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  3. I've only ridden in shorts once and didn't like it because I felt less confident, like I was a road rash waiting to happen, lol. I can't imagine riding in flip flops, though. I was wearing sport sandals that day and even those were hard to shift with. To each his own, I guess ... me, I'll stick with jeans and boots even in summer (and a half helmet).

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  4. C'mon guys - try to remember your single days... you're wearing nothing but your bathing suit and flippers when some flirtatious pretty thing in a string-kini asks you for a ride to a nearby store.. are you really going to go upstairs and get your gear - or simply go with the tropical flow? A trip on the highway without protective gear, however, and I'd have think of a nice way to tell her "you're just not that pretty" ;-)

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  5. Hey Steve,
    Glad you enjoyed your trip to the islands. I stated riding dirt bikes when I was 9yrs., do you remember Saddle Back? I switched to street bikes whn I was 18yrs. around 1986 and remember riding w/o a helmet. Of course allot of riders didn't like the helmet law when it was introduced. When going on long distance rides I alwasy roder with full gear, (that was just me) but short rides in the neighbor hood I'd hop on and go w/o the helmet. Now when I started riding street bikes I would nvr ride in shorts let alone flip flops (my choice) and the reason -- a close friend of mind was cutting through a back dirt lot on his YZ to the AM/PM to get some snacks, he'd done this many times, sandles, shorts, tank top. When he didn't return like he usually did within 15min we got worried. When we found him he was limping back (mind you this was bck in the 80's) blood streaming from his left foot. His foot had got cought in the chain when went over a small rut and lost his balance. He wound up loosing two of his toes. So even when I see riders wearing any open clothing they are just asking for it. I still agree that we has humans should be allowed to do as we wish but it turns out that some of us are a bit wiser, it only took one accident for me to realize how fragile we really are. Pluse I love the way helmets look now compared to 20 years ago. You could say that if the Calif. law helped spur the design of helmets otherwise they'd still probably look like cone head helmets.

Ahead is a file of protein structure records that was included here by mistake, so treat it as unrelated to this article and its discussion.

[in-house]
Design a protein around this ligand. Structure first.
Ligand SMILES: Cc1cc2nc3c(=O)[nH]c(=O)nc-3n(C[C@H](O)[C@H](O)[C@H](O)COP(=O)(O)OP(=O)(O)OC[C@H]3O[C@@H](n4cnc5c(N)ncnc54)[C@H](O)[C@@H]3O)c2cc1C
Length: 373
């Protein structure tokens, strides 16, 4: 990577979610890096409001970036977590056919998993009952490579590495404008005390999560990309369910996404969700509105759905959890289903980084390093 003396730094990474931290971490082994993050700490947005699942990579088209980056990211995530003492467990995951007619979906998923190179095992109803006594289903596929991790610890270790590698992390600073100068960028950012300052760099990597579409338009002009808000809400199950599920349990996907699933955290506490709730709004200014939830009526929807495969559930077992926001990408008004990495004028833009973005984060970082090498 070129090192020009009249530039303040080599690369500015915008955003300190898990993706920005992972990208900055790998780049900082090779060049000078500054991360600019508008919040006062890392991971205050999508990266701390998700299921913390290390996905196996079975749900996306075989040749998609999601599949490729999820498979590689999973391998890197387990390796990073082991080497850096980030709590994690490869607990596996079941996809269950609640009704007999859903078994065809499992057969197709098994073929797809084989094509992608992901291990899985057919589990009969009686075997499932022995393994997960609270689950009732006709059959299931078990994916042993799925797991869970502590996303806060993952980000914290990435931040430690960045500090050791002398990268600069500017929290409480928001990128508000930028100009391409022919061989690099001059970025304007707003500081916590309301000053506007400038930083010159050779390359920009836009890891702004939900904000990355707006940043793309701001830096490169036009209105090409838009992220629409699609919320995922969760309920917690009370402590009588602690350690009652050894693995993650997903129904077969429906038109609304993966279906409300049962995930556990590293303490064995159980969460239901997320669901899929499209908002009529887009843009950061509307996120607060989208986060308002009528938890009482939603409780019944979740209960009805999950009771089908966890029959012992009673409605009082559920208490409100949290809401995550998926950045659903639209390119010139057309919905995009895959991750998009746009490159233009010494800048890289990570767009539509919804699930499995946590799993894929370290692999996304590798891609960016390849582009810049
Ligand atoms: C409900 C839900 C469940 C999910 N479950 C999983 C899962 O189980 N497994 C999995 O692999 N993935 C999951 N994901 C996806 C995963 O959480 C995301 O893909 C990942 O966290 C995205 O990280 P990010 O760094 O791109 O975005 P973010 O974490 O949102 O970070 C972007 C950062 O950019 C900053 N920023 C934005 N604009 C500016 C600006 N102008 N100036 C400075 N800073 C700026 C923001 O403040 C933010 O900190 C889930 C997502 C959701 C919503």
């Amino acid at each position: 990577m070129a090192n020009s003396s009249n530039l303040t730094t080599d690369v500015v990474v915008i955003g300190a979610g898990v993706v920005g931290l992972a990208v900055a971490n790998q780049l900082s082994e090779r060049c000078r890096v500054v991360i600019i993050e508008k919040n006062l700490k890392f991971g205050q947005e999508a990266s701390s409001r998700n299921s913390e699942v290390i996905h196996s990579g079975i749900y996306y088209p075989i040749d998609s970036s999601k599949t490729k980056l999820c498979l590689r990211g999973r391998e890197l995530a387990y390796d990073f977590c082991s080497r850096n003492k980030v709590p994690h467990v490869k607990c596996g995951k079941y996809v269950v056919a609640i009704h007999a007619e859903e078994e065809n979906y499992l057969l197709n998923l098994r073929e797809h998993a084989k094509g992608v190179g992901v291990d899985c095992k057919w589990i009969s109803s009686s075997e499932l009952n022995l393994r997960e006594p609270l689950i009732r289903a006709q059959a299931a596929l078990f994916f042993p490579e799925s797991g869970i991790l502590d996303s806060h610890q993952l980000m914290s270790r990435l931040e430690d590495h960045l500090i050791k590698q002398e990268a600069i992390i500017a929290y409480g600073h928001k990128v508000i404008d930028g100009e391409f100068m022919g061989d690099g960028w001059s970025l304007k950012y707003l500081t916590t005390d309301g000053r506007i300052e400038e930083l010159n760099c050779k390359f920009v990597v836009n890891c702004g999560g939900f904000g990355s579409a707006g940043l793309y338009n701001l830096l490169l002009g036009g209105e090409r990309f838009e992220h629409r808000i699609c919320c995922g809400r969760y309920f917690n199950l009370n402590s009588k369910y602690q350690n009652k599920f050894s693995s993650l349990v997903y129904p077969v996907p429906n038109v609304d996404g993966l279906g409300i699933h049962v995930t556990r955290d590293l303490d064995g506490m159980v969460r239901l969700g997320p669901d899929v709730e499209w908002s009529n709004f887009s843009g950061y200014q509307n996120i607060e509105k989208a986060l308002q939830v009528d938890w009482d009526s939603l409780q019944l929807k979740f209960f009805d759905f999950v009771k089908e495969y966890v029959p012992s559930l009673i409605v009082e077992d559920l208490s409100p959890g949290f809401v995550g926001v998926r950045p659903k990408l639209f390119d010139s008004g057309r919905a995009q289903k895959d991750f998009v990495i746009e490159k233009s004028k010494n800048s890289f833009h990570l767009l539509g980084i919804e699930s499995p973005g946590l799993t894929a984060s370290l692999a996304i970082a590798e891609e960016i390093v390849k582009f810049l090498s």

One last thing I now live in NC and miss Ortega hwy, 39, and 76. Many good rides now but a memmory.

    Cheers;
    Mike

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  6. ON Oahu, there are a ton of tourists and motorcycle/scooter rental companies. The last thing on many of the tourists' minds is safety and proper riding gear. We have the same issues when cityfolk try to touch the bison at yellowstone.

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  7. Hey Guys,
    UK rider here. Planning a surprise trip next year for my partner's 50th birthday. She has been riding for two years now and loves it. If you had to pick one island to spend touring for say three days, which would it be?
    Any advice appreciated.

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About Steve

San Diego, CA-based motorcycle rider who likes long road trips, old rustic bars, craft beer, and tough women. Can often be found where there's free Wi-Fi, writing about the mysteries of life. (Read more...)